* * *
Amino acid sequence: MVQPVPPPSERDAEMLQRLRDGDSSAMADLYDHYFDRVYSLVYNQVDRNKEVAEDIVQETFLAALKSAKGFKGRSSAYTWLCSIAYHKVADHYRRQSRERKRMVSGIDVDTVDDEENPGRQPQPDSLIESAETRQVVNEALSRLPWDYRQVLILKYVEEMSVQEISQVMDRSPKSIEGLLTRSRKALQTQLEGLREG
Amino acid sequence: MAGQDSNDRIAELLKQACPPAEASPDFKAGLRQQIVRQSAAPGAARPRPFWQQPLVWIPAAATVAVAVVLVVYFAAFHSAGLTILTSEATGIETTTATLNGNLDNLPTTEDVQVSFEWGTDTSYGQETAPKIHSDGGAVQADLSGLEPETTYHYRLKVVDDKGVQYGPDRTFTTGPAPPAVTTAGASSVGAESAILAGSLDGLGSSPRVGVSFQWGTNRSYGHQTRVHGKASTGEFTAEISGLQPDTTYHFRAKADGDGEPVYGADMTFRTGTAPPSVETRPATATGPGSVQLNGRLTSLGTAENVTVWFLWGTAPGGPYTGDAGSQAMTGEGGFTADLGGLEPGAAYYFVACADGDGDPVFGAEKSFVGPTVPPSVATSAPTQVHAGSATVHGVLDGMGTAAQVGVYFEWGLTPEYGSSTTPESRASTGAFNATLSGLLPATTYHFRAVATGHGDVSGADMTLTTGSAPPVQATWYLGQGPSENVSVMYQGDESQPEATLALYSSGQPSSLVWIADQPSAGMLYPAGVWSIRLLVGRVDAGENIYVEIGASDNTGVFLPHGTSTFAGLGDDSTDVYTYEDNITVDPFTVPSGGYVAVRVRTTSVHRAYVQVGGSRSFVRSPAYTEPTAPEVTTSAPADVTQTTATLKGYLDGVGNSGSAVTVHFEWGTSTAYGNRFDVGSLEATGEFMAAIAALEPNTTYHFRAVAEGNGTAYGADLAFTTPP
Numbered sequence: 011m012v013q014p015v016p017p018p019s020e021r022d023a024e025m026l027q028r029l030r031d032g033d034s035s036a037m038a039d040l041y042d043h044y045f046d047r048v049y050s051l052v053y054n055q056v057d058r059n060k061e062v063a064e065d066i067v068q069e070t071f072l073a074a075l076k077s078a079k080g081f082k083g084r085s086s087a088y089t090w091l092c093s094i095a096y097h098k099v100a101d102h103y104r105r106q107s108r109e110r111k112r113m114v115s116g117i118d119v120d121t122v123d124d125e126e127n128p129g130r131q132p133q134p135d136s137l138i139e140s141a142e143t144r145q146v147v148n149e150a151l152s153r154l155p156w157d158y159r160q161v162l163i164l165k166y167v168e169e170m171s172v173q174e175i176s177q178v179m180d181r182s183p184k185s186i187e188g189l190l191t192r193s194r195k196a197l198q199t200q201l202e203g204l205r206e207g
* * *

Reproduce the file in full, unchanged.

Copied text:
Amino acid sequence: MVQPVPPPSERDAEMLQRLRDGDSSAMADLYDHYFDRVYSLVYNQVDRNKEVAEDIVQETFLAALKSAKGFKGRSSAYTWLCSIAYHKVADHYRRQSRERKRMVSGIDVDTVDDEENPGRQPQPDSLIESAETRQVVNEALSRLPWDYRQVLILKYVEEMSVQEISQVMDRSPKSIEGLLTRSRKALQTQLEGLREG
Amino acid sequence: MAGQDSNDRIAELLKQACPPAEASPDFKAGLRQQIVRQSAAPGAARPRPFWQQPLVWIPAAATVAVAVVLVVYFAAFHSAGLTILTSEATGIETTTATLNGNLDNLPTTEDVQVSFEWGTDTSYGQETAPKIHSDGGAVQADLSGLEPETTYHYRLKVVDDKGVQYGPDRTFTTGPAPPAVTTAGASSVGAESAILAGSLDGLGSSPRVGVSFQWGTNRSYGHQTRVHGKASTGEFTAEISGLQPDTTYHFRAKADGDGEPVYGADMTFRTGTAPPSVETRPATATGPGSVQLNGRLTSLGTAENVTVWFLWGTAPGGPYTGDAGSQAMTGEGGFTADLGGLEPGAAYYFVACADGDGDPVFGAEKSFVGPTVPPSVATSAPTQVHAGSATVHGVLDGMGTAAQVGVYFEWGLTPEYGSSTTPESRASTGAFNATLSGLLPATTYHFRAVATGHGDVSGADMTLTTGSAPPVQATWYLGQGPSENVSVMYQGDESQPEATLALYSSGQPSSLVWIADQPSAGMLYPAGVWSIRLLVGRVDAGENIYVEIGASDNTGVFLPHGTSTFAGLGDDSTDVYTYEDNITVDPFTVPSGGYVAVRVRTTSVHRAYVQVGGSRSFVRSPAYTEPTAPEVTTSAPADVTQTTATLKGYLDGVGNSGSAVTVHFEWGTSTAYGNRFDVGSLEATGEFMAAIAALEPNTTYHFRAVAEGNGTAYGADLAFTTPP
Numbered sequence: 011m012v013q014p015v016p017p018p019s020e021r022d023a024e025m026l027q028r029l030r031d032g033d034s035s036a037m038a039d040l041y042d043h044y045f046d047r048v049y050s051l052v053y054n055q056v057d058r059n060k061e062v063a064e065d066i067v068q069e070t071f072l073a074a075l076k077s078a079k080g081f082k083g084r085s086s087a088y089t090w091l092c093s094i095a096y097h098k099v100a101d102h103y104r105r106q107s108r109e110r111k112r113m114v115s116g117i118d119v120d121t122v123d124d125e126e127n128p129g130r131q132p133q134p135d136s137l138i139e140s141a142e143t144r145q146v147v148n149e150a151l152s153r154l155p156w157d158y159r160q161v162l163i164l165k166y167v168e169e170m171s172v173q174e175i176s177q178v179m180d181r182s183p184k185s186i187e188g189l190l191t192r193s194r195k196a197l198q199t200q201l202e203g204l205r206e207g